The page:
Consultants advising the government have estimated that the office would return $950 million over 10 years to private owners, through the sale of mapping and other high-technology services. The government has also agreed to provide any future owner with a franchise to provide services to state enterprises.

The Confederation of Trade Unions has not organised a broad campaign to back the surveyors. Instead it has confined its activity to making appeals to the government, pointing out that the cost of mapping and surveying services will increase if privatisation is carried out.

Union undermines anti-privatisation campaign in Hong Kong

One of the unions involved in a protracted protest campaign by Housing Department staff in Hong Kong—Senior Estate Assistants Association—announced last week it was pulling out of the Alliance of Housing Department Staff Unions following an inter-union conflict. Over the past six months Housing Department workers have staged a series of stoppages, marches and rallies in an attempt to force the government to reverse its decision to privatise the management of public housing estates.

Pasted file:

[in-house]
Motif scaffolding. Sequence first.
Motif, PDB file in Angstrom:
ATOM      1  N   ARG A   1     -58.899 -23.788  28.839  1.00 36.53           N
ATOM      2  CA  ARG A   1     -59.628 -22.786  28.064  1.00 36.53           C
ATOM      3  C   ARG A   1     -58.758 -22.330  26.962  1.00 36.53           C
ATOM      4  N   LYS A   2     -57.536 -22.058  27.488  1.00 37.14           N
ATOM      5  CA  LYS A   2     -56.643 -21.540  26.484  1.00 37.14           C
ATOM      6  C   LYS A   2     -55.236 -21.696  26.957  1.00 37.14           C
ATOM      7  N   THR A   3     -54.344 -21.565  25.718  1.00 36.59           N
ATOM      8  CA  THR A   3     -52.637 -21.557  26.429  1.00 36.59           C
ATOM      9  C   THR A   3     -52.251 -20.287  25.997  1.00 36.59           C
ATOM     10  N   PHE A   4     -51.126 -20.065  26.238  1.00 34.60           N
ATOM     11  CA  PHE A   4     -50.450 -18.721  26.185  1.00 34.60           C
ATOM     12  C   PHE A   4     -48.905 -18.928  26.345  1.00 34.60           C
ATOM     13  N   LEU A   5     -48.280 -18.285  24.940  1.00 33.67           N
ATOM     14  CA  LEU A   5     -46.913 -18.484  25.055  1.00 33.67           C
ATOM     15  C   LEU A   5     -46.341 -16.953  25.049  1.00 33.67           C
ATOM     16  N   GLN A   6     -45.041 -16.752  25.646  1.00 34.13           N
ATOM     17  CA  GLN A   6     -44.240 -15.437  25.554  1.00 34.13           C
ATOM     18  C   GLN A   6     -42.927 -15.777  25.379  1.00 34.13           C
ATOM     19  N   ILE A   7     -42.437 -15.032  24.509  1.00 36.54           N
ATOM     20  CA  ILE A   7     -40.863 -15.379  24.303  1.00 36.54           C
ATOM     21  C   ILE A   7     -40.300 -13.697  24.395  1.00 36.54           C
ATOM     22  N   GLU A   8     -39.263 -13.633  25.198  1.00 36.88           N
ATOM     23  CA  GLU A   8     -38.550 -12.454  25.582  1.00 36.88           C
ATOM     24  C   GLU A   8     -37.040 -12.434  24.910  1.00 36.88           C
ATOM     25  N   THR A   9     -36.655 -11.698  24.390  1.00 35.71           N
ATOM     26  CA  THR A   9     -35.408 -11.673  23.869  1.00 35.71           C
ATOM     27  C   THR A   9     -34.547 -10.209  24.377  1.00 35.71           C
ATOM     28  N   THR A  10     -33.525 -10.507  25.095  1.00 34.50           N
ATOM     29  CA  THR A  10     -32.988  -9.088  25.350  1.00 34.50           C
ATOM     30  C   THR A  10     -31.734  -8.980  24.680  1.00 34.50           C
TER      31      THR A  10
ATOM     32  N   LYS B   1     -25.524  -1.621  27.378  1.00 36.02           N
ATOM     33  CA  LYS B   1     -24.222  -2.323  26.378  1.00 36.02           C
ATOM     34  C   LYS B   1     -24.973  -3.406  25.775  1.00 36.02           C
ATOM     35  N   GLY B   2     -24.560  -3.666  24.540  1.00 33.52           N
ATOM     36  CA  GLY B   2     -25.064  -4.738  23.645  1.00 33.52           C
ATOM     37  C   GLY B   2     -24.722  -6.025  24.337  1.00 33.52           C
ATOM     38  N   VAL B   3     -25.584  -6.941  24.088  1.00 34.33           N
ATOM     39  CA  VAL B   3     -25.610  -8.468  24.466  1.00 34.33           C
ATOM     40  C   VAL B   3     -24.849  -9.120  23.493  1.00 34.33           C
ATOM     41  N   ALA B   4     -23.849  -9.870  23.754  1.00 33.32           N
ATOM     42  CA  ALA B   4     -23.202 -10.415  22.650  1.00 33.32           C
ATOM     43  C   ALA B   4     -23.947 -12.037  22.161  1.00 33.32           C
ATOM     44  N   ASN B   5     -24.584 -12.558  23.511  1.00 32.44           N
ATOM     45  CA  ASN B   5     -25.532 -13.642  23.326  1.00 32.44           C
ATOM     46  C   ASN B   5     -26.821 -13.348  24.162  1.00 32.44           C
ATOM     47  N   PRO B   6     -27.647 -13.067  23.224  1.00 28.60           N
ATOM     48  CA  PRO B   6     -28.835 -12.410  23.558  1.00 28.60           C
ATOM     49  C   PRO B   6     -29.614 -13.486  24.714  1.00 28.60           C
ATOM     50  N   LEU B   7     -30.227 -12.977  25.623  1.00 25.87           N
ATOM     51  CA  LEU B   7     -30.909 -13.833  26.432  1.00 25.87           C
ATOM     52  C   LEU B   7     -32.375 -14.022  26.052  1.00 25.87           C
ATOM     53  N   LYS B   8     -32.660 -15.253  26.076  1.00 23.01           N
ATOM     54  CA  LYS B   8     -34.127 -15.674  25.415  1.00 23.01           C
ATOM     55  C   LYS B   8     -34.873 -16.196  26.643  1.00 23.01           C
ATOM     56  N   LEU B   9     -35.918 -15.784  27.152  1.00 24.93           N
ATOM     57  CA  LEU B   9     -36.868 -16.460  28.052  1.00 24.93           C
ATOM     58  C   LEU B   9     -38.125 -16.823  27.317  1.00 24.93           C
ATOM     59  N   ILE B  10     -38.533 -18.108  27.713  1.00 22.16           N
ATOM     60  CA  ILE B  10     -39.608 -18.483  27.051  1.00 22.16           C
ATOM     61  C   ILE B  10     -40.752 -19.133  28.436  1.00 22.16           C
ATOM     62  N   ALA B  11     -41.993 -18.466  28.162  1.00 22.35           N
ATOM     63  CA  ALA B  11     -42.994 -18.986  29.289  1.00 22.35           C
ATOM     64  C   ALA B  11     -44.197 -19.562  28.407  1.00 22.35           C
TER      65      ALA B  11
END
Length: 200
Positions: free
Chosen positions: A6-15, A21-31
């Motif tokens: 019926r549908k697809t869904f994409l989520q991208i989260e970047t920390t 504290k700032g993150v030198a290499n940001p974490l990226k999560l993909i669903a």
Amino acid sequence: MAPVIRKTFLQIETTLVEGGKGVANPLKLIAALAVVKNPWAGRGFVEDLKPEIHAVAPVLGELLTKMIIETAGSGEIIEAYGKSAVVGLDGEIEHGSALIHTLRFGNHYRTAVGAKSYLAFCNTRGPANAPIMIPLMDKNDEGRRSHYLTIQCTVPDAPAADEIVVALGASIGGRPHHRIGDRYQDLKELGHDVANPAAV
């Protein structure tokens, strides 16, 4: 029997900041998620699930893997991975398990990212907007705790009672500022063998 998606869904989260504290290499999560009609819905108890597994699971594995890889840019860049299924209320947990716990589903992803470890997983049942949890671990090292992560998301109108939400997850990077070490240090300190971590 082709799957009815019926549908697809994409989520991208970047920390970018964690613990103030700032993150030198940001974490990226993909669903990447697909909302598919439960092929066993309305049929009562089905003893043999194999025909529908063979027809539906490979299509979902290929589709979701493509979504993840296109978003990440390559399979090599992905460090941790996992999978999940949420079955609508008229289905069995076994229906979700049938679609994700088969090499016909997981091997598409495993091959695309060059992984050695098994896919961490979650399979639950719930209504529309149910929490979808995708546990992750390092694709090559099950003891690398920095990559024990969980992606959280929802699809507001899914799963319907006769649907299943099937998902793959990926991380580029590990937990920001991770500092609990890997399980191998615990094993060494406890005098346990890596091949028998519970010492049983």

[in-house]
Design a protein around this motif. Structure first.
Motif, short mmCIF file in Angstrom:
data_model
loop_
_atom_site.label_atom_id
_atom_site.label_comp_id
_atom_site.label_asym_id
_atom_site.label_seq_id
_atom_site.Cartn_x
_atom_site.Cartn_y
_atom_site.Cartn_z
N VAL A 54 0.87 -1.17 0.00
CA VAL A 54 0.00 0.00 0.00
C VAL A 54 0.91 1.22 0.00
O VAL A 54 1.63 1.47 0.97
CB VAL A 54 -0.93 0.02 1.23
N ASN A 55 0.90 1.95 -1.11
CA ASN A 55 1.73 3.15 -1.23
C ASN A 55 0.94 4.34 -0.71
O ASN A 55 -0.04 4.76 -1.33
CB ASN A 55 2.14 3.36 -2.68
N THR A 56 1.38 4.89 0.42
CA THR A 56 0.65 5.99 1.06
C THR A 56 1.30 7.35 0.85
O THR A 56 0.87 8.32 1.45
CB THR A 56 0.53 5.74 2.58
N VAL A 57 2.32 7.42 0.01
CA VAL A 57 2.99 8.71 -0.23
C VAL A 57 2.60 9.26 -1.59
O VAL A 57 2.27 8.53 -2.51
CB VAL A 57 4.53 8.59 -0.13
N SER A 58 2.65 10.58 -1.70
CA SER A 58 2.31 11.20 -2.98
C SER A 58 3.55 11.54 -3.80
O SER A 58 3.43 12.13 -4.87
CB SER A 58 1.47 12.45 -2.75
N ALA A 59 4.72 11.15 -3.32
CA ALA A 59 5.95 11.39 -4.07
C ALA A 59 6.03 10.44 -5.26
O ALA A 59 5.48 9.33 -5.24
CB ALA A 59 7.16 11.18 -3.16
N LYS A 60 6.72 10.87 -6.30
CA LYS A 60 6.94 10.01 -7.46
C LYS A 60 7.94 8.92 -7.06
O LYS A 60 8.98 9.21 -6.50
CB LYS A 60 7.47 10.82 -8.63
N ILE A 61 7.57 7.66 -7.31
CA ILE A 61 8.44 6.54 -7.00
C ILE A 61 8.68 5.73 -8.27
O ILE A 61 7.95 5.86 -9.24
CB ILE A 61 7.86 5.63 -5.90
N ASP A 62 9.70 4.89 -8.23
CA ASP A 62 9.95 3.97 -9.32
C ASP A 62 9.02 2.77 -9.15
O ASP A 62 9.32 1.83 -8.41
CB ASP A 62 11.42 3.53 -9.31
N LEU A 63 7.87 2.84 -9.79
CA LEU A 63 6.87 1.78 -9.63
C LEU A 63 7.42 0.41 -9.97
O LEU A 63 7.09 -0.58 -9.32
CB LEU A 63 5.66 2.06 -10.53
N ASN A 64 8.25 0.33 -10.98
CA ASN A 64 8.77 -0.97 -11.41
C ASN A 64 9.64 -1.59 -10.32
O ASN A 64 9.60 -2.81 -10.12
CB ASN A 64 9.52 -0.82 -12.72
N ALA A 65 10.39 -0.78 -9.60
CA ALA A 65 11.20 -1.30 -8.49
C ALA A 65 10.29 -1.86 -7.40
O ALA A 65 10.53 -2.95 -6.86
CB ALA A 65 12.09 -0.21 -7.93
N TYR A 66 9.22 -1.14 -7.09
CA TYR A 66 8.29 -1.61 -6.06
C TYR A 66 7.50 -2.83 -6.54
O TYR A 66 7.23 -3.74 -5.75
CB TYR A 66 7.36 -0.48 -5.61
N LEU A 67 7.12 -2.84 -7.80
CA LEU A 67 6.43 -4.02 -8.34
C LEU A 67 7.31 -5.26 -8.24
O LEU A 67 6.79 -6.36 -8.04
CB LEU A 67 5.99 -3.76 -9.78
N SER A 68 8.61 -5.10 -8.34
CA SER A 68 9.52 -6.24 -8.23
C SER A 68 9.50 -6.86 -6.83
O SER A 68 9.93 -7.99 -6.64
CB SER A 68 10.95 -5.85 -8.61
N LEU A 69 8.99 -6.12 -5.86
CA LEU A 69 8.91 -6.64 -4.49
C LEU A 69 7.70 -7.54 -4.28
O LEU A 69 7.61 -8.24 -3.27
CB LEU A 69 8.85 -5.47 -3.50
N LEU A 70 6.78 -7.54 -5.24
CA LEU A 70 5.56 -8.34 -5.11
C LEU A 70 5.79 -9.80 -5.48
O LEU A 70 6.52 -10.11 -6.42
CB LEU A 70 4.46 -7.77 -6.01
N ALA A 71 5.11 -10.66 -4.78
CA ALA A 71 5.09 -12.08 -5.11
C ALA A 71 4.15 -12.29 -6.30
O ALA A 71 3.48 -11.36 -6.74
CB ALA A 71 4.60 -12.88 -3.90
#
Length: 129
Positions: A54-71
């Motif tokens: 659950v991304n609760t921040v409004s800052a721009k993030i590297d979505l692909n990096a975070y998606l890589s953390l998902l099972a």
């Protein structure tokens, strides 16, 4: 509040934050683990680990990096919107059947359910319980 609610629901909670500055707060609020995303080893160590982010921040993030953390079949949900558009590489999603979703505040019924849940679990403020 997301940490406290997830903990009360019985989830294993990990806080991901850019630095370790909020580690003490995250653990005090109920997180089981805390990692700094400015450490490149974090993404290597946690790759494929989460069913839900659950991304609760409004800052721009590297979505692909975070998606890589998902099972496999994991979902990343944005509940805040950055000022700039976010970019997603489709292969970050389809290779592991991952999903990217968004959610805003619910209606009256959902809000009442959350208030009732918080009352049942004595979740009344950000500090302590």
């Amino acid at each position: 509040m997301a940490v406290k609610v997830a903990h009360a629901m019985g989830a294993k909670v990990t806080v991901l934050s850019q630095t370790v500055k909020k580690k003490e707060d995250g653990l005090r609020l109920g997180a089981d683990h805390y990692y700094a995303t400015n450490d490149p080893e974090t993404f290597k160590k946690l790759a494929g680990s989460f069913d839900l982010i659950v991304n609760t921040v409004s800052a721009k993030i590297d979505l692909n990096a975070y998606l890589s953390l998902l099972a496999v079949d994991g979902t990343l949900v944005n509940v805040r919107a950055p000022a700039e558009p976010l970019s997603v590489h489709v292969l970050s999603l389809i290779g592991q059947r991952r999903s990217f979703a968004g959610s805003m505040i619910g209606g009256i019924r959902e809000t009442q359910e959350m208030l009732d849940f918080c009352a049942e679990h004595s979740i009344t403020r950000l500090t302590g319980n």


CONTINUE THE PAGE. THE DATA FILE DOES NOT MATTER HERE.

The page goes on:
Last week the Housing Department announced plans to cut the pay of contract workers. Under the proposal, some of the 850 contract workers could receive $HK7,000 less a month when they apply to renew their contracts this year, while others would have their salary level frozen indefinitely.

One contract worker said: “One of my colleagues will face a 30 percent pay cut if he renews his contract this year. We are all very upset by the plan. The authority is really acting harshly and defying common sense”.

Union body threatens national strike in South Korea

The Korean Confederation of Trade Unions (KCTU), the second largest peak union body in South Korea, announced on Tuesday that it would call nationwide strikes of its 500,000 strong membership on May 31, unless the government agrees to its demands for shorter working hours and an end to corporate restructuring. The union body is also calling for tax reforms and increased social security funding.